Player wins
Player rolled 2 + 1 = 3
Player loses
Player rolled 4 + 6 = 10
Point is 10
Player rolled 1 + 3 = 4
Player rolled 1 + 3 = 4
Player rolled 2 + 3 = 5
Player rolled 4 + 4 = 8
Player rolled 6 + 6 = 12
Player rolled 4 + 4 = 8
Player rolled 4 + 5 = 9
Player rolled 2 + 6 = 8
Player rolled 6 + 6 = 12
Player rolled 6 + 4 = 10
Player wins
Player rolled 2 + 4 = 6
Point is 6
Player rolled 3 + 1 = 4
Player rolled 5 + 5 = 10
Player rolled 6 + 1 = 7
Player loses

Let's discuss the declaration of class Craps in Fig. 7.9. In the rules of the game, the player must roll two dice on the first roll, and must do the same on all subsequent rolls. We declare method RollDice (lines 7385) to roll the dice and compute and print their sum. Method RollDice is declared once, but it is called from two places (lines 30 and 54) in method Play, which contains the logic for one complete game of craps. Method RollDice takes no arguments, so it has an empty parameter list. Each time it is called, RollDice returns the sum of the dice, so the return type int is indicated in the method header (line 73). Although lines 76 and 77 look the same (except for the die names), they do not necessarily produce the same result. Each of these statements produces a random value in the range 16. Note that randomNumbers (used in lines 76 and 77) is not declared in the method. Rather it is declared as a private instance variable of the class and initialized in line 8. This enables us to create one Random object that is reused in each call to RollDice.

The game is reasonably involved. The player may win or lose on the first roll, or may win or lose on any subsequent roll. Method Play (lines 2470) uses local variable gameStatus (line 27) to keep track of the overall game status, local variable myPoint (line 28) to store the "point" if the player does not win or lose on the first roll and local variable sumOfDice (line 30) to maintain the sum of the dice for the most recent roll. Note that myPoint is initialized to 0 to ensure that the application will compile. If you do not initialize myPoint, the compiler issues an error, because myPoint is not assigned a value in every branch of the switch statementthus, the application could try to use myPoint before it is definitely assigned a value. By contrast, gameStatus does not require initialization because it is assigned a value in every branch of the switch statementthus, it is guaranteed to be initialized before it is used. However, as good programming practice, we initialize it anyway.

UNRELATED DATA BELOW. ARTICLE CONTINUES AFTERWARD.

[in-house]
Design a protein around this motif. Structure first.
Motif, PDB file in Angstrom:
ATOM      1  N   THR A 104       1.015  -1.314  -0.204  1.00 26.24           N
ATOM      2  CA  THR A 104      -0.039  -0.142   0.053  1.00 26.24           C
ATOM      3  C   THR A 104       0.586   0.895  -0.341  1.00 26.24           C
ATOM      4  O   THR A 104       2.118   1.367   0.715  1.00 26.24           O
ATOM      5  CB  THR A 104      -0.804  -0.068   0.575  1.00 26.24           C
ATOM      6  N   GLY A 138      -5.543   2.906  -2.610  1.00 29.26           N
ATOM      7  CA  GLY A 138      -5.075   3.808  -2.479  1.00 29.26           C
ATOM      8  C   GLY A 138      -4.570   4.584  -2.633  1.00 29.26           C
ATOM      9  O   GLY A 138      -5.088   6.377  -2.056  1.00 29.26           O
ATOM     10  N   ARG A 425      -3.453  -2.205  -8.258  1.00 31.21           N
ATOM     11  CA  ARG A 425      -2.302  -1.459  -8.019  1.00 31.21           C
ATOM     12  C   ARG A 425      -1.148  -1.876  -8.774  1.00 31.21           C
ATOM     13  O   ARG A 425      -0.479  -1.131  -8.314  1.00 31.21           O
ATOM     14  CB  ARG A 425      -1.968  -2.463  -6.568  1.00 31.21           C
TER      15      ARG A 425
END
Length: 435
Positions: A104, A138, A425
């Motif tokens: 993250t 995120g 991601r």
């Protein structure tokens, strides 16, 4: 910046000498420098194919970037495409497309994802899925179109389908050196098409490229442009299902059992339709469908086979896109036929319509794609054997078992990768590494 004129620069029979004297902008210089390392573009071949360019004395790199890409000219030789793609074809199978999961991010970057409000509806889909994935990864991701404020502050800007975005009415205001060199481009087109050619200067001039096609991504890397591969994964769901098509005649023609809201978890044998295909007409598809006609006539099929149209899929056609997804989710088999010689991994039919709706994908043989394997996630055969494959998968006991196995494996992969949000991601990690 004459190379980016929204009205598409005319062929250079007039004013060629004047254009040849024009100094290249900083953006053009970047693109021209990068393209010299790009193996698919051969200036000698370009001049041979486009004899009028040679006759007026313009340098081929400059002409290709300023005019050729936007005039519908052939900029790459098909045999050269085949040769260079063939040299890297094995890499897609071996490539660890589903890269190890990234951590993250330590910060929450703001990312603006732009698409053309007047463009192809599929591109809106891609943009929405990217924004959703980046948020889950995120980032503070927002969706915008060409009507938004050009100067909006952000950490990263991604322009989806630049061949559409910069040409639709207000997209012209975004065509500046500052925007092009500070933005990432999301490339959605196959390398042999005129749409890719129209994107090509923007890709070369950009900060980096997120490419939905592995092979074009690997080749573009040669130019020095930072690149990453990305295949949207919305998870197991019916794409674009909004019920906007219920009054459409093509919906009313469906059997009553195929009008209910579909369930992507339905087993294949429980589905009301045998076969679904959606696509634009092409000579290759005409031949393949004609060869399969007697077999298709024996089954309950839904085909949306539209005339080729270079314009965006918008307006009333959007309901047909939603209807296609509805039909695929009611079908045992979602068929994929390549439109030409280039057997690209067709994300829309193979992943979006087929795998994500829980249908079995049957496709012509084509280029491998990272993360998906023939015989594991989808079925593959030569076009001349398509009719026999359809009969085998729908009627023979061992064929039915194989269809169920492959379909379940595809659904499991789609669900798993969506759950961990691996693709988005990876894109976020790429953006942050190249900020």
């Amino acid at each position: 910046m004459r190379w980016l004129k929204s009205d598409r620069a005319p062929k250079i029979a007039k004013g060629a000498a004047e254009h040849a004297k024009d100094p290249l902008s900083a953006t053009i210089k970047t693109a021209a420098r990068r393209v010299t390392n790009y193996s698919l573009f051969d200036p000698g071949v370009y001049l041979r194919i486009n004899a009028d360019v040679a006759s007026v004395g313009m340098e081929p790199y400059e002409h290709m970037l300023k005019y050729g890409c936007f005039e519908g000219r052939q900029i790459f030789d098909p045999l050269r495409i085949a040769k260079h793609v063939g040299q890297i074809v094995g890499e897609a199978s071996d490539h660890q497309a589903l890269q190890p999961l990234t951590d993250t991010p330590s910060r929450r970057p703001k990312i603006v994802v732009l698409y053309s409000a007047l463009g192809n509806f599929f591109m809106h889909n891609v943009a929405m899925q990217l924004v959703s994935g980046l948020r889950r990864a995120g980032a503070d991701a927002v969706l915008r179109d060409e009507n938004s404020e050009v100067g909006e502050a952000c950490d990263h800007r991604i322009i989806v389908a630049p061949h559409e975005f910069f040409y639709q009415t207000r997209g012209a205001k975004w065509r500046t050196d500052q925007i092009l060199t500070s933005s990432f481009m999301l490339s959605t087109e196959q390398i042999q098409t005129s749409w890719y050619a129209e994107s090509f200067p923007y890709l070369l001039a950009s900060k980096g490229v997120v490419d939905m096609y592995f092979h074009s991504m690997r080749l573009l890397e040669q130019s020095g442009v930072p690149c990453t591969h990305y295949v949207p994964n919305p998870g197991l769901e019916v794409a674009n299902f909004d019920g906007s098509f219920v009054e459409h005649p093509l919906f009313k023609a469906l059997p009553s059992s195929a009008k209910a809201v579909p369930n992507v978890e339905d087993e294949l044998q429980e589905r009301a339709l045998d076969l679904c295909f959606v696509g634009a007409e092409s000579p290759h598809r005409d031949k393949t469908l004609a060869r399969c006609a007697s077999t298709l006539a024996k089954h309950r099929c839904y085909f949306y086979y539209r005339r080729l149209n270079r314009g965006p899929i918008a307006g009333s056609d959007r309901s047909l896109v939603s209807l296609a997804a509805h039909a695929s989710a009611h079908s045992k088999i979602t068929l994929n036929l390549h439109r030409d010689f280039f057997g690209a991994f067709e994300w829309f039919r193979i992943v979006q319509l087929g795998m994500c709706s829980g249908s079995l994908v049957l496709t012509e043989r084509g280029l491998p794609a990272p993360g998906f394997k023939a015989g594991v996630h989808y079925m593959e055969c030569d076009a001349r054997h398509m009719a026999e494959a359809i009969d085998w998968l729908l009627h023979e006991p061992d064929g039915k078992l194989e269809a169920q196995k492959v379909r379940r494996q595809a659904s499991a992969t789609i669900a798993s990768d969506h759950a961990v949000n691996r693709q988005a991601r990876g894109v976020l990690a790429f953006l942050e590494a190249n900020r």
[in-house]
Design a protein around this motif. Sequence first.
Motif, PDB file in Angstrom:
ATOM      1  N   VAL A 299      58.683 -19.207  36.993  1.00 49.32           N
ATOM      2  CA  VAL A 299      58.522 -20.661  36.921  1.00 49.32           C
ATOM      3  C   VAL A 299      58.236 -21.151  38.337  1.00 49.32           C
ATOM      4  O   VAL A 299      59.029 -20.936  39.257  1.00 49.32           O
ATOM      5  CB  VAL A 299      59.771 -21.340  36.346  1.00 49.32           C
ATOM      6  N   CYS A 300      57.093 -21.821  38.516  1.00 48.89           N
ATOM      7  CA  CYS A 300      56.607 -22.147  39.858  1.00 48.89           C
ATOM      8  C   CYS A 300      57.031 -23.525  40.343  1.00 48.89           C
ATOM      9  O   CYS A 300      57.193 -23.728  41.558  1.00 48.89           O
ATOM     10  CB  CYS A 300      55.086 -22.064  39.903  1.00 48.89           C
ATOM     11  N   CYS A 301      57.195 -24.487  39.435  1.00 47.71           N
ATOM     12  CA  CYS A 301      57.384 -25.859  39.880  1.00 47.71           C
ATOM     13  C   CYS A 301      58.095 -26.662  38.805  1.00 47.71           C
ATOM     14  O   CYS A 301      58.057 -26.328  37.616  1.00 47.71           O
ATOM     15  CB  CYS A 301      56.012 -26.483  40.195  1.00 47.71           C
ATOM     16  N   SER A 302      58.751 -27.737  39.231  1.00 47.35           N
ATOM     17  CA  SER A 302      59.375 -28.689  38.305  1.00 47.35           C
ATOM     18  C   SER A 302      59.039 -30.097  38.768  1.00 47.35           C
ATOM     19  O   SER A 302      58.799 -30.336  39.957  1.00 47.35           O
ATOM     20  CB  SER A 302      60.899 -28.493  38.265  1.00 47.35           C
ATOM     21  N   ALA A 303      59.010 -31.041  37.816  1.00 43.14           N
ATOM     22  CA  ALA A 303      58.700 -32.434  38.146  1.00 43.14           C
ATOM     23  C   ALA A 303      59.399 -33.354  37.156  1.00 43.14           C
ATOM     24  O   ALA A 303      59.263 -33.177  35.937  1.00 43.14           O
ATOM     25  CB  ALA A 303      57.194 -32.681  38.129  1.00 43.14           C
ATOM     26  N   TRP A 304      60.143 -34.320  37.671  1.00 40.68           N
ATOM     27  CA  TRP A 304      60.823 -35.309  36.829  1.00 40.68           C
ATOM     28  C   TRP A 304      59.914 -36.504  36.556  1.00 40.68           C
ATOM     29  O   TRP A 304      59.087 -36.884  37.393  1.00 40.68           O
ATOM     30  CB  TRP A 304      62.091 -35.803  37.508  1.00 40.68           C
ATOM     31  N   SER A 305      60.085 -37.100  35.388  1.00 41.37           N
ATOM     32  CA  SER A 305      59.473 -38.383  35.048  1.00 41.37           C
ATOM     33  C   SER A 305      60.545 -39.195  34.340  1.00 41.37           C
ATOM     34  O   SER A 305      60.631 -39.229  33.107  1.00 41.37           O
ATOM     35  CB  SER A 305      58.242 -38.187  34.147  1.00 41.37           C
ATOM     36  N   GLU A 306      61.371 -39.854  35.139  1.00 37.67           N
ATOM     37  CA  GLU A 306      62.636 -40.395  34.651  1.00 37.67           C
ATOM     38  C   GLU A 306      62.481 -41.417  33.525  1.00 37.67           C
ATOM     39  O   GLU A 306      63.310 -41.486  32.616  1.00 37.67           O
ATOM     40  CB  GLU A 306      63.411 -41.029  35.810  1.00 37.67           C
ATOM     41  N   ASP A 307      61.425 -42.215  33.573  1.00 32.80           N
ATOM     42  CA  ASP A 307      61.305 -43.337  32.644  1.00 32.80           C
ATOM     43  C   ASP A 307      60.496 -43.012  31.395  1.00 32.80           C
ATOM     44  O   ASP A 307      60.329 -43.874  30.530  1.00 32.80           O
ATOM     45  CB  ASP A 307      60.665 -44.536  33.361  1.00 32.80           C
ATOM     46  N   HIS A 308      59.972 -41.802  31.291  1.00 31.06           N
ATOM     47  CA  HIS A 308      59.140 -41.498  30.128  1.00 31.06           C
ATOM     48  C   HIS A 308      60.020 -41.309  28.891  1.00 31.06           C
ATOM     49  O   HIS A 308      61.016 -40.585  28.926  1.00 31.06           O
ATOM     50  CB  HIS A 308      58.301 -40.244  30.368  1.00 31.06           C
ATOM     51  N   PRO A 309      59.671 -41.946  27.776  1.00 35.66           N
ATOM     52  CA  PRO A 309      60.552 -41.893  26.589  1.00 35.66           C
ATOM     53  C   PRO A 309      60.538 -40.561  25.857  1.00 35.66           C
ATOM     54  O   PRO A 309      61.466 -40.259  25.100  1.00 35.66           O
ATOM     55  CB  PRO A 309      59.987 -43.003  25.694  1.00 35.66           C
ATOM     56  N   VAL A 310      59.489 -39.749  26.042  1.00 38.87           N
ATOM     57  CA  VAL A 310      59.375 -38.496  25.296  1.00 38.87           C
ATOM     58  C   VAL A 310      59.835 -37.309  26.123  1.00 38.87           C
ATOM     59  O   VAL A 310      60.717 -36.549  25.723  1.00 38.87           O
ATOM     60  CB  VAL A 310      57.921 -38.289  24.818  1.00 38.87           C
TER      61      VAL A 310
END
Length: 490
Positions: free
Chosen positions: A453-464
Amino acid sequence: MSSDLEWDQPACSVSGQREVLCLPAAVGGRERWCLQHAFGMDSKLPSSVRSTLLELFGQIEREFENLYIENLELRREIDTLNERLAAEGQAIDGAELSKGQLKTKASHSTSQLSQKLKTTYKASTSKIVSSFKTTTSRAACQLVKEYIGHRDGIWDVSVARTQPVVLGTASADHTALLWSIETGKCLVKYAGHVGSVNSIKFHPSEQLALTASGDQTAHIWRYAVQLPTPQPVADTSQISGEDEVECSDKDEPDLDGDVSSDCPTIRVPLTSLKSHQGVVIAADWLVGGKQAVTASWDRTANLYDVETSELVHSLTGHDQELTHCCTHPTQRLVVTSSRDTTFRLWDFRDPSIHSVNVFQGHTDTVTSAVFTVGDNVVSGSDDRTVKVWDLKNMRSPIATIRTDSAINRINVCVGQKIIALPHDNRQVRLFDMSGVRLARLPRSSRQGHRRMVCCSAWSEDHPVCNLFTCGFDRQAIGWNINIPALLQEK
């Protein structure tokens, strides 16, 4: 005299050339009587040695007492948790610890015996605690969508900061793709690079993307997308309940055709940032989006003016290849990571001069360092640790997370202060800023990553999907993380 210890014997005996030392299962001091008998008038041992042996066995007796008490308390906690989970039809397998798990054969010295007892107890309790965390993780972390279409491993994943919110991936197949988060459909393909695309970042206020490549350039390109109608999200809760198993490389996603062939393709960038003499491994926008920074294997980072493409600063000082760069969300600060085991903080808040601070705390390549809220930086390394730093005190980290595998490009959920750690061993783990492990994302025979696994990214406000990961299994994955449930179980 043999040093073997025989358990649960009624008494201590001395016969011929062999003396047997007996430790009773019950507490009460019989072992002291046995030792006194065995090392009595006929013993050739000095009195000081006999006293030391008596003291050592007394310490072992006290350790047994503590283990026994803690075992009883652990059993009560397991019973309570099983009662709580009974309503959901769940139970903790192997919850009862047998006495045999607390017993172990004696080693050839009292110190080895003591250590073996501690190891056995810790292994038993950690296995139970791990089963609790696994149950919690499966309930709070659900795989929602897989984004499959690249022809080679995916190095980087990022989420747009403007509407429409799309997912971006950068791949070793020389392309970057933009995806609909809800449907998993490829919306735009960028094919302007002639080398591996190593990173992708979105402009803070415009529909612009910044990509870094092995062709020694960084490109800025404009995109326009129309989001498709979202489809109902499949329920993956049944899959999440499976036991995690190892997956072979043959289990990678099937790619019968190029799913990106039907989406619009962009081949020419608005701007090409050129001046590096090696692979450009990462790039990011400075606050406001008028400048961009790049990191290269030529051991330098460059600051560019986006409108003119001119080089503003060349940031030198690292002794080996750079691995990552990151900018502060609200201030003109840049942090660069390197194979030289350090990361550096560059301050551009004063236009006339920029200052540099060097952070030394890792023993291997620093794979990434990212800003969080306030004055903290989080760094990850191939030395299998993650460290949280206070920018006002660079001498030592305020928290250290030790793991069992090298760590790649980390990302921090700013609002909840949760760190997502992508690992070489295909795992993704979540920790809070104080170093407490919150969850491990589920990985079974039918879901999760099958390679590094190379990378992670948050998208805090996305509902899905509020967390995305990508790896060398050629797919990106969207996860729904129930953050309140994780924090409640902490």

Note that local variable gameStatus is declared to be of a new type called Status, which we declared in line 11. Type Status is declared as a private member of class Craps, because Status will be used only in that class. Status is a user-defined type called an enumeration, which declares a set of constants represented by identifiers. An enumeration is introduced by the keyword enum and a type name (in this case, Status). As with a class, braces ({ and }) delimit the body of an enum declaration. Inside the braces is a comma-separated list of enumeration constants. The enum constant names must be unique, but their underlying values need not be.

Good Programming Practice 7 3

Use only uppercase letters in the names of constants. This makes the constants stand out in an application and reminds you that enumeration constants are not variables.

Variables of type Status should be assigned only one of the three constants declared in the enumeration. When the game is won, the application sets local variable gameStatus to Status.WON (lines 37 and 58). When the game is lost, the application sets local variable gameStatus to Status.LOST (lines 42 and 62). Otherwise, the application sets local variable gameStatus to Status.CONTINUE (line 45) to indicate that the dice must be rolled again.

Good Programming Practice 7 4

Using enumeration constants (like Status.WON, Status.LOST and Status.CONTINUE) rather than literal integer values (such as 0, 1 and 2) can make code easier to read and maintain.

Line 30 in method Play calls RollDice, which picks two random values from 1 to 6, displays the value of the first die, the value of the second die and the sum of the dice, and returns the sum of the dice. Method Play next enters the switch statement at lines 3349, which uses the sumOfDice value from line 30 to determine whether the game has been won or lost, or whether it should continue with another roll.